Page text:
The general idea of a match is to get the ball into the opponent's goal more times than they do to yours. So far, so good. You can be in teams ranging from 1-4 people and have to dribble the ball using your car's body to hit it. To shoot you can either run with the ball or launch it by powering into it/jumping. Basically, it's not the case of pressing a button to shoot/pass, it's all real-time movement.

Your car's physics aren't the most robust (floaty is the word that comes to mind) but movement feels great, be it charging forward with a boost or transitioning to the walls. The two camera types really help to keep track of the action as well, as you can follow the ball or the car at any given time, with the cars handling feeling less floaty when focussed on the car but it being more difficult to keep track of the ball. I did feel that the handbrake turns and aerial shots do take some getting used to but you can win without them. Which brings me to my next point.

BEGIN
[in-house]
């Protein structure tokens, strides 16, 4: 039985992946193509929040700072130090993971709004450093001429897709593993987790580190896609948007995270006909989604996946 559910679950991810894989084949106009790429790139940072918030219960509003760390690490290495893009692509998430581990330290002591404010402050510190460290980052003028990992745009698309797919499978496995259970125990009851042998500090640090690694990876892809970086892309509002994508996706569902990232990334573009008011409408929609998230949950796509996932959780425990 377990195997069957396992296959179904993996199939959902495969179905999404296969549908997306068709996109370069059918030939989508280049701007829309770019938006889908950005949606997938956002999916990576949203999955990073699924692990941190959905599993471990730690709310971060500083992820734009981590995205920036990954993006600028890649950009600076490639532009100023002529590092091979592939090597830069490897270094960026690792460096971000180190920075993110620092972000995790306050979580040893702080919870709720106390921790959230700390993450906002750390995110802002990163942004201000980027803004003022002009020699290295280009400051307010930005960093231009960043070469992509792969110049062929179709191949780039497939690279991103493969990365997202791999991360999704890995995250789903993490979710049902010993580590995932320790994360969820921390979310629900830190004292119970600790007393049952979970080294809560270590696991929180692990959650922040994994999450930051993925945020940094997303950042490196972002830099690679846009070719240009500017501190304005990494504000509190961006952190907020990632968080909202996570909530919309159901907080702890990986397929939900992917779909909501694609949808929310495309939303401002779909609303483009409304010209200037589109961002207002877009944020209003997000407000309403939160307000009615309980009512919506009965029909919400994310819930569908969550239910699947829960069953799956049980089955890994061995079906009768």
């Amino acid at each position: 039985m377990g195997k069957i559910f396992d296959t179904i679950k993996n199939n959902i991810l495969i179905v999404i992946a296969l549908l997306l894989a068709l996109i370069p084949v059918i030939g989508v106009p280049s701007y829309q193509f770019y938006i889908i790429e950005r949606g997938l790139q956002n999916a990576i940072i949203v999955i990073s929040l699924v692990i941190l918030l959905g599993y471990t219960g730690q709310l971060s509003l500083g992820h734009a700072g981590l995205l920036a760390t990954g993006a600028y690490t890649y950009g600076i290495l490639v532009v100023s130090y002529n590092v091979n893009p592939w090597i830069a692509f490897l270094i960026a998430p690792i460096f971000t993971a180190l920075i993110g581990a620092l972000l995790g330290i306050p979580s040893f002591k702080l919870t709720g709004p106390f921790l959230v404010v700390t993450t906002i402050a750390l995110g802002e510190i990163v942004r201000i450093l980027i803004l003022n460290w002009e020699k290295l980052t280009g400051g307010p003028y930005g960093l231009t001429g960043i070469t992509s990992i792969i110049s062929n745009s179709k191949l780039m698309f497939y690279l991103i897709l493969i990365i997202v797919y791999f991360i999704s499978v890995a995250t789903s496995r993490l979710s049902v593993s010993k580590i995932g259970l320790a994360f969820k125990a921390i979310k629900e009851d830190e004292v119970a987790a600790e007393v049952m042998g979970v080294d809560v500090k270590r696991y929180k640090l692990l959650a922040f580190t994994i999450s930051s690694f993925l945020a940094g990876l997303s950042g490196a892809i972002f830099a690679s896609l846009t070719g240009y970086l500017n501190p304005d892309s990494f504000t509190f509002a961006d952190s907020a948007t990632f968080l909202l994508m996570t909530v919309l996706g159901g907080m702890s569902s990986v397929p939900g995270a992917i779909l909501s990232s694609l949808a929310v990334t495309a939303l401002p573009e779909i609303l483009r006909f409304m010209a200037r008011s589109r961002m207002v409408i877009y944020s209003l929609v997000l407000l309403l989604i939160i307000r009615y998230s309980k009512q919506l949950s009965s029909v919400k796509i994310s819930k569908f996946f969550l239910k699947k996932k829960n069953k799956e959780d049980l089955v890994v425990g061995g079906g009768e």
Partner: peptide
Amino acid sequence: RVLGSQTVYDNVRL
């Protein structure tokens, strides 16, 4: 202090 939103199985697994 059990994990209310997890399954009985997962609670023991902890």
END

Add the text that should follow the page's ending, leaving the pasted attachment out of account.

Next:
The game can be as easy or as difficult as you want. Do you want to play with two AI helpers against rookie AI? You can do that. Do you want an unfair match where two all-star AI players attack you on your own? You can do that. Mutations have also been added which allows you to customise your game modes further, adding goal maximums, changing gravity/ball shape etc. This allows you to hone your skills offline, believing (like in many other sports games), that you're actually pretty good. You go online and... You get beaten by someone else who has mastered that aerial shot. If you want a purely casual experience then I'd recommend offline with split-screen instead of online, as the matchmaking is sometimes a tad rusty.